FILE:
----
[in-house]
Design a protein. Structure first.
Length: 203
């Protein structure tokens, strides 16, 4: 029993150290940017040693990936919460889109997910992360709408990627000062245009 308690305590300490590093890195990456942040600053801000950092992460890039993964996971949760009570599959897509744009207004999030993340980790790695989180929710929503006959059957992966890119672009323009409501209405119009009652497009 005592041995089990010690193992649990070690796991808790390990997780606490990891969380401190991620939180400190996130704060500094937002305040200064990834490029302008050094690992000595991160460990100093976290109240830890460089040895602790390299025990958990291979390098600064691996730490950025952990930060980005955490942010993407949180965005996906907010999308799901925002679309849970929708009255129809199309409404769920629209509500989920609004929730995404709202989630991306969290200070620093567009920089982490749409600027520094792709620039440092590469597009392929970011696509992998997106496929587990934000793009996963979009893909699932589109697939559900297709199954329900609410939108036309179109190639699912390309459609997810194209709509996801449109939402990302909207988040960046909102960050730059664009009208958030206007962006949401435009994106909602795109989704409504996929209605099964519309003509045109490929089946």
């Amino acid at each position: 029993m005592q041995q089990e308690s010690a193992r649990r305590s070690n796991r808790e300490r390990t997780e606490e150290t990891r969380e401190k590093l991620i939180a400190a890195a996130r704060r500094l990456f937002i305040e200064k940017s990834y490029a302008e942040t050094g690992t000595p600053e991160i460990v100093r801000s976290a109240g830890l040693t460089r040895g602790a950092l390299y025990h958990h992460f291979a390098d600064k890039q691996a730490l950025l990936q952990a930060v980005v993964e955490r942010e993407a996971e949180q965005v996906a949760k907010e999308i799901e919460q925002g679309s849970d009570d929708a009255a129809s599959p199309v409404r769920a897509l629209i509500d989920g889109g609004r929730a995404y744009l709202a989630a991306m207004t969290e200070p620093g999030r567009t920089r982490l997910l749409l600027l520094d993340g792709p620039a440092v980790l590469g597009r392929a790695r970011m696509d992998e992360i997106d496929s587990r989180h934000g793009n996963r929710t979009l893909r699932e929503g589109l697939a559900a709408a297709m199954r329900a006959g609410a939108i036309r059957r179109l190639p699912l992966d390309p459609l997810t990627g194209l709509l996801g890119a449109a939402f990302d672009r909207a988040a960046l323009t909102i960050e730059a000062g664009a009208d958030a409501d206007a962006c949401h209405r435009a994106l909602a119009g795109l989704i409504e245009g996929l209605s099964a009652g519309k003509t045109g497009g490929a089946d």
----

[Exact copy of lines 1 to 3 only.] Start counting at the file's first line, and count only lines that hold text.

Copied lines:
[in-house]
Design a protein. Structure first.
Length: 203